Giorgio Chiellini, who has been immense for the Bianconeri this season, should have been sent off three minutes after the restart for a nasty, two-footed challenge on Francesco Pisano. And if not then, he might well have been shown a second yellow card for bringing Andrea Cossu down in the area on a play the transplanted Sardinian home support felt should have resulted in a penalty for their side. Cossu, as it turned out, was booked for diving.
Of course, these are things that could well be pointed out in any given match involving any given sides. Milan, who lost 4-2 to Inter in Sunday’s derby, were gifted a penalty in the 46th minute, for example. But because it’s Juventus, and because of their history of corruption and match-fixing activity, the Spockian eyebrow just seems to go up that much more easily.
Conspiracy—inspired mostly by reality and partly by jealousy—is an inevitable part of the Juventus conversation. It will always be there. But it hopefully doesn’t detract from what has been an exceptional eight months of football delivered by a club coming off back-to-back seventh-place seasons and, incredibly, just one result away from going the entire campaign undefeated.
Juventus were seven points back of league leaders and Scudetto holders AC Milan when they took the field for their 29th match of the campaign on March 25. Opposing them were a tricky Inter Milan side that had gone unbeaten in three following their worst spell of an up-and-down season, and when the whistle blew on a scoreless first half it looked as though Milan would hold a commanding lead atop the table heading into the final stretch.
It was in the next few moments that Juventus matured.
Through much of the first two thirds of the season Bianconeri manager Antonio Conte had relied on a consistent group of players and had kept his circle of trust as small as possible for the rigours of top-flight football. A back four that only changed out of necessity played behind the reliable midfield trio of Andrea Pirlo, Arturo Vidal and Claudio Marchisio. Simone Pepe and Mirko Vucinic worked the attacking flanks, and Alessandro Matri led the line.
It was this group that couldn’t find an opening against Inter and spent much of the opening period on the back-foot. After eight minutes of the same to start the second half Conte had had enough. Pepe was replaced by Leonardo Bonucci; Matri came off for Alessandro Del Piero. Martin Caceres and Paolo De Ceglie re-deployed as wingbacks; Vucinic tucked in.
The result was a 3-5-2 formation Conte had toyed with in previous matches but had yet to use as a mid-game adjustment. And it came off splendidly. In an instant the pitch tilted in Juve’s favour, and with nearly three quarters of possession they received well-earned goals from Caceres and Del Piero. In the end, the victory seemed almost convincing, as if the first half had been completely forgotten.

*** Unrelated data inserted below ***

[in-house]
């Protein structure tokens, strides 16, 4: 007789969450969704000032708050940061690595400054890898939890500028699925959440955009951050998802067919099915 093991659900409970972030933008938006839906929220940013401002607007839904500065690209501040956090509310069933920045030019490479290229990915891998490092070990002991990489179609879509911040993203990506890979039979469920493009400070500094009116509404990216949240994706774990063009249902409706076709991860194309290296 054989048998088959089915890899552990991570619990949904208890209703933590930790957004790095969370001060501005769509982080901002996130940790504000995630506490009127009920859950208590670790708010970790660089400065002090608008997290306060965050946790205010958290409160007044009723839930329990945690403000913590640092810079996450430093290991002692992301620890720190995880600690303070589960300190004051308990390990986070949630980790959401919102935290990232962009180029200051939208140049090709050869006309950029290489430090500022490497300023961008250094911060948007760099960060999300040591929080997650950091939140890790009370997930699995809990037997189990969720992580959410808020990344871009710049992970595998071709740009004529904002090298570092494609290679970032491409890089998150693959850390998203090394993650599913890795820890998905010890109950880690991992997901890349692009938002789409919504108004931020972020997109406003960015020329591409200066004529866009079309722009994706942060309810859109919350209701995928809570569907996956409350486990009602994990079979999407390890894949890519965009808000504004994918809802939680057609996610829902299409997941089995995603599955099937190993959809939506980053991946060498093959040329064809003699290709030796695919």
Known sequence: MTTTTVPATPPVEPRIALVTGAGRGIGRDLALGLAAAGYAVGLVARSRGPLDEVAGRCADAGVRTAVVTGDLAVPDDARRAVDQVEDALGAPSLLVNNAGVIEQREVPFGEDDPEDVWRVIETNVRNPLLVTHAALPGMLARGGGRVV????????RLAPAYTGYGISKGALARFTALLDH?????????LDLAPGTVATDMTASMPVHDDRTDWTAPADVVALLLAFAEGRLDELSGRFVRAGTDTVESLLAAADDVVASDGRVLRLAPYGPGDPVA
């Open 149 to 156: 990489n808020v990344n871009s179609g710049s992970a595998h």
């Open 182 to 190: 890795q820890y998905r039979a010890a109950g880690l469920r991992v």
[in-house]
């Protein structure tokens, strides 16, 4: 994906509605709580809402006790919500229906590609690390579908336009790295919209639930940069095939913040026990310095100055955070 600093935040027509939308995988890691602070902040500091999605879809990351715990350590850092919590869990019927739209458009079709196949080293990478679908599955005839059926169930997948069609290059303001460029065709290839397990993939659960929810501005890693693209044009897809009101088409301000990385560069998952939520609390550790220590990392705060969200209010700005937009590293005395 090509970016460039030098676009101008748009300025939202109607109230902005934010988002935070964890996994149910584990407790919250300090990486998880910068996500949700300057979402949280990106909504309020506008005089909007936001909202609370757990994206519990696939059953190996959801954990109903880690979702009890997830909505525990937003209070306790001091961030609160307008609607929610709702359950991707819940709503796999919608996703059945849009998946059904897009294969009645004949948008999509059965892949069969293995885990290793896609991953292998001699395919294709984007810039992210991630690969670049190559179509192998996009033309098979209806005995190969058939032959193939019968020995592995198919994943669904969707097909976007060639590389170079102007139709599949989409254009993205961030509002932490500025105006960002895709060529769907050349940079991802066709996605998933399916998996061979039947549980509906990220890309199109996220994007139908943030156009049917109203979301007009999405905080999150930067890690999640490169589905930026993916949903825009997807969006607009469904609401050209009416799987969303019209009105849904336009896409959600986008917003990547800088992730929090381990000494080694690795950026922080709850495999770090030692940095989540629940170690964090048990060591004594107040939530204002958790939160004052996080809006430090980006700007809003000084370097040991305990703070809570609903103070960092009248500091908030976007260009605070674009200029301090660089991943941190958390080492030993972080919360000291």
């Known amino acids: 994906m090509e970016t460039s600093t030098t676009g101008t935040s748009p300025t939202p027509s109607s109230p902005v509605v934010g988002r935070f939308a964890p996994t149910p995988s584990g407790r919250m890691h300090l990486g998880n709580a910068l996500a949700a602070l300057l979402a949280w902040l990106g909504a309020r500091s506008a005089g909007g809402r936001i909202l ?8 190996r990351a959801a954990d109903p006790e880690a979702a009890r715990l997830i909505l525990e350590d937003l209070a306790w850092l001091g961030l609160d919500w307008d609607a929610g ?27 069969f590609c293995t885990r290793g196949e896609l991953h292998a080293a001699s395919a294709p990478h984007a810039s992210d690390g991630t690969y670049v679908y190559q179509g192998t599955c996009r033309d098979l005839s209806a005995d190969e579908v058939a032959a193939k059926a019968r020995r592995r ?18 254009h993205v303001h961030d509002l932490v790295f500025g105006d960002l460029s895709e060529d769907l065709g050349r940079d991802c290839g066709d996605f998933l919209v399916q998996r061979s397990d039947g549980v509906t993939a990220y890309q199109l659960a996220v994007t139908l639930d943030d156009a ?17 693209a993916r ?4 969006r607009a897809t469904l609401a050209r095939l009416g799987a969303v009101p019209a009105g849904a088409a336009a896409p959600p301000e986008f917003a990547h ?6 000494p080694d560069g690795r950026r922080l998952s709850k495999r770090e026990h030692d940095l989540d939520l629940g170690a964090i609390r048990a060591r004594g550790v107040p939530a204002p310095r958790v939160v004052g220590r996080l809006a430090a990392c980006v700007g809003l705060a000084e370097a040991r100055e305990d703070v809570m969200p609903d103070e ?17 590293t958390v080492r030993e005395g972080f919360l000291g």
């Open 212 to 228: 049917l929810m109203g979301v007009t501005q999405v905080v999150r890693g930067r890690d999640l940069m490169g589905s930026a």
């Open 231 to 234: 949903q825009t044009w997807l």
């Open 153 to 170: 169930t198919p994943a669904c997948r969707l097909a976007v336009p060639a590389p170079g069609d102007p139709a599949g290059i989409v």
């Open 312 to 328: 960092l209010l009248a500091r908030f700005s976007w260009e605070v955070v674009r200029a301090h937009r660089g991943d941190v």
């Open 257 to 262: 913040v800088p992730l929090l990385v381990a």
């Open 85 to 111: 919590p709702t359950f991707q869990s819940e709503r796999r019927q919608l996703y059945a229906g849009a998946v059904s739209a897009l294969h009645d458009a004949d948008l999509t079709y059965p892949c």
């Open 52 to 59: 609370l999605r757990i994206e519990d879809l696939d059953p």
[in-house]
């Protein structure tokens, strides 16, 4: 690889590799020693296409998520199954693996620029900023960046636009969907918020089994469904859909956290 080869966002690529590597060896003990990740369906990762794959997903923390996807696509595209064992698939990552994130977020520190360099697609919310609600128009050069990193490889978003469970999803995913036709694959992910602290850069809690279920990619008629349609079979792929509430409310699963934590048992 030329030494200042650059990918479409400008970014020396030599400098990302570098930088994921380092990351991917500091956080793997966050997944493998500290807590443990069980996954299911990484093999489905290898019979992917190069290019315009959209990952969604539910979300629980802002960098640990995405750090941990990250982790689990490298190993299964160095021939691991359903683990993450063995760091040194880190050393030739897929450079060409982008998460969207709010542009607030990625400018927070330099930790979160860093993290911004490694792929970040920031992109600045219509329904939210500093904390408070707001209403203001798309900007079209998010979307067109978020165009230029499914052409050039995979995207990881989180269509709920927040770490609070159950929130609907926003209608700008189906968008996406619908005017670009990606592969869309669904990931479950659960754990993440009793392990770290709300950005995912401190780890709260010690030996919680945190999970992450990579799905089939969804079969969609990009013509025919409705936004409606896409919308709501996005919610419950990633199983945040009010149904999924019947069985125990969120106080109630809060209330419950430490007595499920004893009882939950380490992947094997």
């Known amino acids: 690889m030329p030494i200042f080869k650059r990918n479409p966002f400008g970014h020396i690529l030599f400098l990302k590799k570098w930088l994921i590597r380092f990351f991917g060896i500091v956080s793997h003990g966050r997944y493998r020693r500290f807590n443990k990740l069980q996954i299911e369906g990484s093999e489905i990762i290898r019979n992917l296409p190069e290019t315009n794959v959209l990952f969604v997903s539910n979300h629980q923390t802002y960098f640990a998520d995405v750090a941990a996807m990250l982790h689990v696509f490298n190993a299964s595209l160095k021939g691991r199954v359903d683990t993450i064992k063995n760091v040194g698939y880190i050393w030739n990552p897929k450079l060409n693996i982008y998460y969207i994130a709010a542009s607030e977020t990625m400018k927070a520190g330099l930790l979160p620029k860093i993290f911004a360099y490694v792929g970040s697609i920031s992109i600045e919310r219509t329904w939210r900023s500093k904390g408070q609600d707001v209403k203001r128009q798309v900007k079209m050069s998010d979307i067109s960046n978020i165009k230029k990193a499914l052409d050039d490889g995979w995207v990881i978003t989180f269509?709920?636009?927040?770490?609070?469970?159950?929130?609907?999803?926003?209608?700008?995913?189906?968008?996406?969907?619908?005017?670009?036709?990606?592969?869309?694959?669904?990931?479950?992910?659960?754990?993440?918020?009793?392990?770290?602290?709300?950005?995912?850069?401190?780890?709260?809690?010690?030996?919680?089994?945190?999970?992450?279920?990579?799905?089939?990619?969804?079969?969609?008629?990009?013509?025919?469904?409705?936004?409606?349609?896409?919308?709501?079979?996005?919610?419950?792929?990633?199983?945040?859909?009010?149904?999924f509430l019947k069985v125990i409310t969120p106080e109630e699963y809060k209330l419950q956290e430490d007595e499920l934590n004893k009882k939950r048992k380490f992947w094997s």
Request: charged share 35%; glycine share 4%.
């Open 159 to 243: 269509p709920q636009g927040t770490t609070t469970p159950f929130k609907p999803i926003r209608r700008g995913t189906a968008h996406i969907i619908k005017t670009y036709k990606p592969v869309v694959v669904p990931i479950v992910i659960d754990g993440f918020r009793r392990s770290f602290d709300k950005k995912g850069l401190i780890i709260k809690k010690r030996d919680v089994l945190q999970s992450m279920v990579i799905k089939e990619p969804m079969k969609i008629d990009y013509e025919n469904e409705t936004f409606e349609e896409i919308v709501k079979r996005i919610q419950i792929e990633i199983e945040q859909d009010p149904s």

It was in this match that Juventus went from being merely a watchable side with an eye for a draw (a split decision with Inter would have been their seventh draw in nine matches) to legitimate title contenders. Their credentials would be laid down in the following weeks as Conte juggled formations and increased his pool of players, but the Inter win would serve as a touchstone in what went on to be their 28th championship season.
When Juventus host Atalanta next weekend they’ll be looking to become just the third Italian side, following AC Milan and Perugia, to complete an entire season in the first division without tasting defeat. A week after that they’ll contest the Coppa Italia final against Napoli in Rome. In other words, the Bianconeri are two results removed from winding up their campaign without a loss in all competitions.
That, of course, is at least partially down to the absence of European football. When Juventus finished five points back of the Europa League places at the end of last season they recognised their competitive future required the biggest rebuild since coming back into Serie A in 2007 after a year in the second division. Conte was part of the overhaul, but considerable changes were applied to the squad as well.
In the penultimate game of the 2010-11 season the Juventus starting lineup included Fabio Grosso, Felipe Melo, Manuel Giandonato, Jorge Martinez and Alessandro Del Piero. Only Del Piero wasn’t jettisoned in the summer, and he played only a small part of the team’s success in the current campaign.
All in all, 28 players who were on the books at the end of last season were ushered out of the club in the following summer and winter transfer windows. Conte really had no choice but to begin his tenure with a small pool of trusted players. The wall-to-wall renovation required it, and he learned as he went along which members of his squad fit into which roles, and which he trusted.
The groundwork has been laid, but the restoration will continue over the next few months. Juventus are heading back to the group stage of the Champions League for the first time since 2009, and the demands of an extra competition will require even more squad enhancements in the summer. Juventus, it can safely be said, will not go unbeaten next season.
That’s why this campaign has been so unique, and is unlikely to be replicated in Italian football anytime soon. It took until now for the full effects of Calciopoli to be absorbed. In a roundabout way it’s because of their 2006 relegation that Juventus find themselves in their current set of circumstances.
Football is funny like that.
Follow Jerrad Peters on Twitter @peterssoccer